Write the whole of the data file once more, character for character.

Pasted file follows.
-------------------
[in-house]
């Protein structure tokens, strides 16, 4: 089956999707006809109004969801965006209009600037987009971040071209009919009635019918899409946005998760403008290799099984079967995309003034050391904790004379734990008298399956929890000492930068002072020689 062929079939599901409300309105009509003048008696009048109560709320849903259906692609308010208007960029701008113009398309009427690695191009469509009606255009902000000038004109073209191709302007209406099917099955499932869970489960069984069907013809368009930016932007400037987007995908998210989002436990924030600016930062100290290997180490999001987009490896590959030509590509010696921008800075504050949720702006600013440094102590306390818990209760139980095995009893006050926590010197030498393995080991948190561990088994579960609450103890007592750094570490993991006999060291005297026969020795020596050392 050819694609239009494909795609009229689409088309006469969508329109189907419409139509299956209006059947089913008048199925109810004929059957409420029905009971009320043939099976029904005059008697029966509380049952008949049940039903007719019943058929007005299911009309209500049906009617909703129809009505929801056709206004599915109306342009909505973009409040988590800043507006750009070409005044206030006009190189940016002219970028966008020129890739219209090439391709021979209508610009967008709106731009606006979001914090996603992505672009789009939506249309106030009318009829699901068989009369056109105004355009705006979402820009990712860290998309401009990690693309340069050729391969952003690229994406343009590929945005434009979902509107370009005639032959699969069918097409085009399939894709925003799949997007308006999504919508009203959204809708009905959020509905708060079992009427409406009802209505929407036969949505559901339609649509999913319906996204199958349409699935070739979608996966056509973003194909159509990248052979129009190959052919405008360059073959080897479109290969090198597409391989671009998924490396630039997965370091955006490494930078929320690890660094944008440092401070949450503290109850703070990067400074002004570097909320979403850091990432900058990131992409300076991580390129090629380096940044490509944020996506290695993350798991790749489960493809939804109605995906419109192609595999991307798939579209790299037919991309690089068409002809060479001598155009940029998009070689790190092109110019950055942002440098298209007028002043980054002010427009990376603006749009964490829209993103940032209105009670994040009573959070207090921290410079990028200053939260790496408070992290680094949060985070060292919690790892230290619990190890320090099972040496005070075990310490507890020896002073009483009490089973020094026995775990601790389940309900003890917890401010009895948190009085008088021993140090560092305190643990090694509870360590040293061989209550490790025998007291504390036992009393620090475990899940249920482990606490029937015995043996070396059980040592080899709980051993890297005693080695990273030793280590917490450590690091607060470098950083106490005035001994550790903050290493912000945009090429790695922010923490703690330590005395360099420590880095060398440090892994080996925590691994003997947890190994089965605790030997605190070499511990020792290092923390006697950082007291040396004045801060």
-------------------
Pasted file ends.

[in-house]
């Protein structure tokens, strides 16, 4: 089956999707006809109004969801965006209009600037987009971040071209009919009635019918899409946005998760403008290799099984079967995309003034050391904790004379734990008298399956929890000492930068002072020689 062929079939599901409300309105009509003048008696009048109560709320849903259906692609308010208007960029701008113009398309009427690695191009469509009606255009902000000038004109073209191709302007209406099917099955499932869970489960069984069907013809368009930016932007400037987007995908998210989002436990924030600016930062100290290997180490999001987009490896590959030509590509010696921008800075504050949720702006600013440094102590306390818990209760139980095995009893006050926590010197030498393995080991948190561990088994579960609450103890007592750094570490993991006999060291005297026969020795020596050392 050819694609239009494909795609009229689409088309006469969508329109189907419409139509299956209006059947089913008048199925109810004929059957409420029905009971009320043939099976029904005059008697029966509380049952008949049940039903007719019943058929007005299911009309209500049906009617909703129809009505929801056709206004599915109306342009909505973009409040988590800043507006750009070409005044206030006009190189940016002219970028966008020129890739219209090439391709021979209508610009967008709106731009606006979001914090996603992505672009789009939506249309106030009318009829699901068989009369056109105004355009705006979402820009990712860290998309401009990690693309340069050729391969952003690229994406343009590929945005434009979902509107370009005639032959699969069918097409085009399939894709925003799949997007308006999504919508009203959204809708009905959020509905708060079992009427409406009802209505929407036969949505559901339609649509999913319906996204199958349409699935070739979608996966056509973003194909159509990248052979129009190959052919405008360059073959080897479109290969090198597409391989671009998924490396630039997965370091955006490494930078929320690890660094944008440092401070949450503290109850703070990067400074002004570097909320979403850091990432900058990131992409300076991580390129090629380096940044490509944020996506290695993350798991790749489960493809939804109605995906419109192609595999991307798939579209790299037919991309690089068409002809060479001598155009940029998009070689790190092109110019950055942002440098298209007028002043980054002010427009990376603006749009964490829209993103940032209105009670994040009573959070207090921290410079990028200053939260790496408070992290680094949060985070060292919690790892230290619990190890320090099972040496005070075990310490507890020896002073009483009490089973020094026995775990601790389940309900003890917890401010009895948190009085008088021993140090560092305190643990090694509870360590040293061989209550490790025998007291504390036992009393620090475990899940249920482990606490029937015995043996070396059980040592080899709980051993890297005693080695990273030793280590917490450590690091607060470098950083106490005035001994550790903050290493912000945009090429790695922010923490703690330590005395360099420590880095060398440090892994080996925590691994003997947890190994089965605790030997605190070499511990020792290092923390006697950082007291040396004045801060």